The Circular Firing Squad

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Here’s Barack Obama at a fundraiser last night:

Democrats, just congenitally, tend to get — to see the glass as half empty. (Laughter.) If we get an historic health care bill passed – oh, well, the public option wasn’t there. If you get the financial reform bill passed — then, well, I don’t know about this particular derivatives rule, I’m not sure that I’m satisfied with that. And gosh, we haven’t yet brought about world peace and — (laughter.) I thought that was going to happen quicker. (Laughter.) You know who you are. (Laughter.) We have had the most productive, progressive legislative session in at least a generation.

“In other words,” says Glenn Greenwald, “you’re just a petulant, unreasonable, unrealistic, fringe child who doesn’t appreciate the greatness and generosity he’s given you….What’s most striking about Obama’s comments is that there is no acceptance whatsoever of responsibility (I’ve failed in some critical areas; we could have/should have done better).” Jane Hamsher piles on too: “It all appears to be little more than an egotistical, thin-skinned taunt aimed at those they feel aren’t giving them the accolades the Democrats think they deserve.”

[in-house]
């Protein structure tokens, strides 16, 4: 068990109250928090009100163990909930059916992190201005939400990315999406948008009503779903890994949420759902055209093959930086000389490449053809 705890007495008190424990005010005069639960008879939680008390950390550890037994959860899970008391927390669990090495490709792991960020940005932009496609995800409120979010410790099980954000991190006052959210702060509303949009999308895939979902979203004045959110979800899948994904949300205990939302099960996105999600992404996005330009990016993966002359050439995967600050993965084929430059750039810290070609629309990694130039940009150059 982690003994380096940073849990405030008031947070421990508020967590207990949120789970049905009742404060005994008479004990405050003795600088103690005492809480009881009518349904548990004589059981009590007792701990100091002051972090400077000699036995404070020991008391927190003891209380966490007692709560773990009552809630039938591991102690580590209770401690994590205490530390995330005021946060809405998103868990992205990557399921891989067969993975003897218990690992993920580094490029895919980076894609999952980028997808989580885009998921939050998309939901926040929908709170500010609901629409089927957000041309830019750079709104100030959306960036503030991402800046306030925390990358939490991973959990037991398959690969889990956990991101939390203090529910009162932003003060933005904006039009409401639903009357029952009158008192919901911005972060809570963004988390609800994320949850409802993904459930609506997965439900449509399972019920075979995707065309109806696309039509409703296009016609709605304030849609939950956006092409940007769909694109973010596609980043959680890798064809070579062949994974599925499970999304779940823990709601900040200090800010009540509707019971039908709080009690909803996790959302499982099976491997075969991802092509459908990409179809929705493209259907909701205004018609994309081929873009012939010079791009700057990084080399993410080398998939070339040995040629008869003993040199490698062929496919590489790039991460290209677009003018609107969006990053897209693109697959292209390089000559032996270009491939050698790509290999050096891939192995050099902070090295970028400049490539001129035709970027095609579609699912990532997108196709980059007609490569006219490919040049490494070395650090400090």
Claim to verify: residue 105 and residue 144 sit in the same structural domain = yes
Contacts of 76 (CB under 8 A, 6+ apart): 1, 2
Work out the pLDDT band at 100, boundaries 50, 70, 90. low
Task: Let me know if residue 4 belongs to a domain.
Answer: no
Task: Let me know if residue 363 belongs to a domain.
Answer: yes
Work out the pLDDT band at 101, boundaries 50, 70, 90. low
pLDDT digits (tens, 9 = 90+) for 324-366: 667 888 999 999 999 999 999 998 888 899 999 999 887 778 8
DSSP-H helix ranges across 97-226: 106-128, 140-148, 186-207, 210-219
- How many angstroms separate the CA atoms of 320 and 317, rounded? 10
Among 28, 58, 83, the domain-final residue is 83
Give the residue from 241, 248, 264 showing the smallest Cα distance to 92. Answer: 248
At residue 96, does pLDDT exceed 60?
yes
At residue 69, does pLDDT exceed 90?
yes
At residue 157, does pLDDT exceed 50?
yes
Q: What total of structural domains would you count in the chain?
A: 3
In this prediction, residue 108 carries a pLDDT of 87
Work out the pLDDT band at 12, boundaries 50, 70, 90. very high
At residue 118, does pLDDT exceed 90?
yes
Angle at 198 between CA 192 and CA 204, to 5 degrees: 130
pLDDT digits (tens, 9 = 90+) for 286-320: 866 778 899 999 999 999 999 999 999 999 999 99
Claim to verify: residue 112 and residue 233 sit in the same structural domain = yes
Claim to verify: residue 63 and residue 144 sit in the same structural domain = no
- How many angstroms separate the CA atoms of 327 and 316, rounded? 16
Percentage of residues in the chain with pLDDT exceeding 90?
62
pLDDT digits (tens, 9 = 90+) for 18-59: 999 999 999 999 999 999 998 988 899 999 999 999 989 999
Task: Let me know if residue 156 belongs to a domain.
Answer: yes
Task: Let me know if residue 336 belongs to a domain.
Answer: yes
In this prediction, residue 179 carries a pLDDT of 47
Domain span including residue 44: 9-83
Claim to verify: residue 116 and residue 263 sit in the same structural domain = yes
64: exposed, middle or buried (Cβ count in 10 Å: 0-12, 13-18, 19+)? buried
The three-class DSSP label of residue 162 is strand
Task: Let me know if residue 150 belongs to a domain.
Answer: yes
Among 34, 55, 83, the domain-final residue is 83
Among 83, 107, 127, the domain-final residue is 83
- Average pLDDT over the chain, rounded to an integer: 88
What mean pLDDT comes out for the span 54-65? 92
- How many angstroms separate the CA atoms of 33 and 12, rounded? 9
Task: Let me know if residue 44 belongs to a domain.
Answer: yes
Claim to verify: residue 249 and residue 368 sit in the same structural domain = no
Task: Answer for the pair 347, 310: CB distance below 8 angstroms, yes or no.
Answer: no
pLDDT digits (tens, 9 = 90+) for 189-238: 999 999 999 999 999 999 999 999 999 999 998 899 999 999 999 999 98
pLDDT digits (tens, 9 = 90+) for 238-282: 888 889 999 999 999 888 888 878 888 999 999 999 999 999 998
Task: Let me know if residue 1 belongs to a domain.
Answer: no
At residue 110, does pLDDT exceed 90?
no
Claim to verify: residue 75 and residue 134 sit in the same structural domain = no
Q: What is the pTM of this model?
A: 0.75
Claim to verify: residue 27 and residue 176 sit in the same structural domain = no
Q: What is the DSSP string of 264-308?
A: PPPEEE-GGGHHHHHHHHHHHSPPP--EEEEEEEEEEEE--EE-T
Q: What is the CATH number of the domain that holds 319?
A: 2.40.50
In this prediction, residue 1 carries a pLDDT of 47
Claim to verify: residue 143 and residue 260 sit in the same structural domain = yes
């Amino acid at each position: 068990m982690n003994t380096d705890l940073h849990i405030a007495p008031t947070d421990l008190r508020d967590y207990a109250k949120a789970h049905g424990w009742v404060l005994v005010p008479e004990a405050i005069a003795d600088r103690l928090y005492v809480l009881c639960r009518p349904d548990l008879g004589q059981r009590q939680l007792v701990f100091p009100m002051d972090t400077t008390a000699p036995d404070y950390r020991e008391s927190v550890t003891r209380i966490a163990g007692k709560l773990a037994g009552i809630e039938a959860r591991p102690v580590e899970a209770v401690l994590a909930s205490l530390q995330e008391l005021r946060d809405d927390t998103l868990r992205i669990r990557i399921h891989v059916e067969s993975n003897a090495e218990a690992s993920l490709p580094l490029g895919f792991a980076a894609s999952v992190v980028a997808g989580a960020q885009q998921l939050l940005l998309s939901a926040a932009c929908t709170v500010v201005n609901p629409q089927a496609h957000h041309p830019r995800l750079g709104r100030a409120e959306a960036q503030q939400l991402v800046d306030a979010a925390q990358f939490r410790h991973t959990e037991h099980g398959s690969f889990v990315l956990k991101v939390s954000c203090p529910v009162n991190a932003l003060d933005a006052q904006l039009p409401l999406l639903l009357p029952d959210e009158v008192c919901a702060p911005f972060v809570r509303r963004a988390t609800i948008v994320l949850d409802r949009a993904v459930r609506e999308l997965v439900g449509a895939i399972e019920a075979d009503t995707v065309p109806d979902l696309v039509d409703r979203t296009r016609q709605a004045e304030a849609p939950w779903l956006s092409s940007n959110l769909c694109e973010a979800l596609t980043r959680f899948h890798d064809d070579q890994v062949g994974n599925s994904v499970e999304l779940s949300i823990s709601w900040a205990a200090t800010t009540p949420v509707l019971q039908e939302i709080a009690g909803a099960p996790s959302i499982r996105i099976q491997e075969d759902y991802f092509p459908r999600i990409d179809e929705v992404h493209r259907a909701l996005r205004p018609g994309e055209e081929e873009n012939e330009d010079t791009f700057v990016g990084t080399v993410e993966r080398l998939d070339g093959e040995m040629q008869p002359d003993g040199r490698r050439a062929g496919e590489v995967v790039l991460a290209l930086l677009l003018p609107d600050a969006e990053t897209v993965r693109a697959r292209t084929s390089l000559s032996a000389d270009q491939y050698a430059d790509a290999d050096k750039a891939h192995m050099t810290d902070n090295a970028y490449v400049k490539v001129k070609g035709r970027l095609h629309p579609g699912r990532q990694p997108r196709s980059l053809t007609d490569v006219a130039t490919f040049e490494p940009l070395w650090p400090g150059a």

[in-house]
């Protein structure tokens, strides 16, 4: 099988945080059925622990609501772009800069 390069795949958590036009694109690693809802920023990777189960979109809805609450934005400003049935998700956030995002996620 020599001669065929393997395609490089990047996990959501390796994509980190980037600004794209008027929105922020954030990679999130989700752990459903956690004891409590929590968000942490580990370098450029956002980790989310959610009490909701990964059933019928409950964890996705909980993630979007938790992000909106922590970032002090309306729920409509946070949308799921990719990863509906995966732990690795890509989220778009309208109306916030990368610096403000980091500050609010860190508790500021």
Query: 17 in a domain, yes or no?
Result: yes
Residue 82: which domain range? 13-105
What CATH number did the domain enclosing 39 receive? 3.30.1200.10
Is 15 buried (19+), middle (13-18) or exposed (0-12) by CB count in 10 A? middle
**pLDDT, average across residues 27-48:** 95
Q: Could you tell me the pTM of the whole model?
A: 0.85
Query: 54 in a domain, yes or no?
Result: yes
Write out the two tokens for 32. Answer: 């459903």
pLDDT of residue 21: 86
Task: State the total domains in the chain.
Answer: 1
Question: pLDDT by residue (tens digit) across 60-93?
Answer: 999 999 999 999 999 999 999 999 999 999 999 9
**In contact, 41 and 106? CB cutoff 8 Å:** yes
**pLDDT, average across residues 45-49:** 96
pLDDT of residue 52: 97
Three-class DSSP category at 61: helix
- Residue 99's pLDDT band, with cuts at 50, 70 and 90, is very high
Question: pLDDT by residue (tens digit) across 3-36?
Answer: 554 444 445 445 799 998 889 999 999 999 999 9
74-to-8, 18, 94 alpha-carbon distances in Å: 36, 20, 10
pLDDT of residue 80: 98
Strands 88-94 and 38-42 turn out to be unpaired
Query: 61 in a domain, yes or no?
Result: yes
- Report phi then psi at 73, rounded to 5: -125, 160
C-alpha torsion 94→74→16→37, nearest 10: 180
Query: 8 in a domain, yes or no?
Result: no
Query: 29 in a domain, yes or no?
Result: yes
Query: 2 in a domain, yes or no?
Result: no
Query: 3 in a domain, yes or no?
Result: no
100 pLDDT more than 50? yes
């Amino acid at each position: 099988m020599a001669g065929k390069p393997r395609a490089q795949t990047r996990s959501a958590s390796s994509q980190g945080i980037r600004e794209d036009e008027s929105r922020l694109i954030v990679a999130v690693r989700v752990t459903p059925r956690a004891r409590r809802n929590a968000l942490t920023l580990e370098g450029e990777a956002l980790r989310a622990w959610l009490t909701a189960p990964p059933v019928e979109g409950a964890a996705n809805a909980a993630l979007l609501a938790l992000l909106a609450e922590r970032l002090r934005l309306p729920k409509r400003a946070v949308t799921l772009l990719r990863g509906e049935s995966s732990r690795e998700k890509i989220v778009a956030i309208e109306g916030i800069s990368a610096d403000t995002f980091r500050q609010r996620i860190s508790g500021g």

I know why Jane and Glenn and plenty of others are angry at Obama. Some of their disappointments I share, some I don’t. And there’s some history here. But still: come on, folks. It’s a campaign fundraiser. It’s a place where you rouse whichever troops are in the audience and reel off a list of your accomplishments, not one where you hang your head and talk about your failures. It’s a place where you tell a few jokes — like acknowledging the fact that liberals have been devotees of the circular firing squad for as long as liberals have existed. It’s lighthearted after-dinner stuff, not an address to the nation.

I wish Obama and his staff would knock off these kinds of jibes, but even so it doesn’t make sense to go this ballistic over a casual remark at a fundraising event. Maybe we should all ease up a bit on this stuff.

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FACT:

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Today, reader support makes up about two-thirds of our budget, allows us to dig deep on stories that matter, and lets us keep our reporting free for everyone. If you value what you get from Mother Jones, please join us with a tax-deductible donation today so we can keep on doing the type of journalism 2020 demands.

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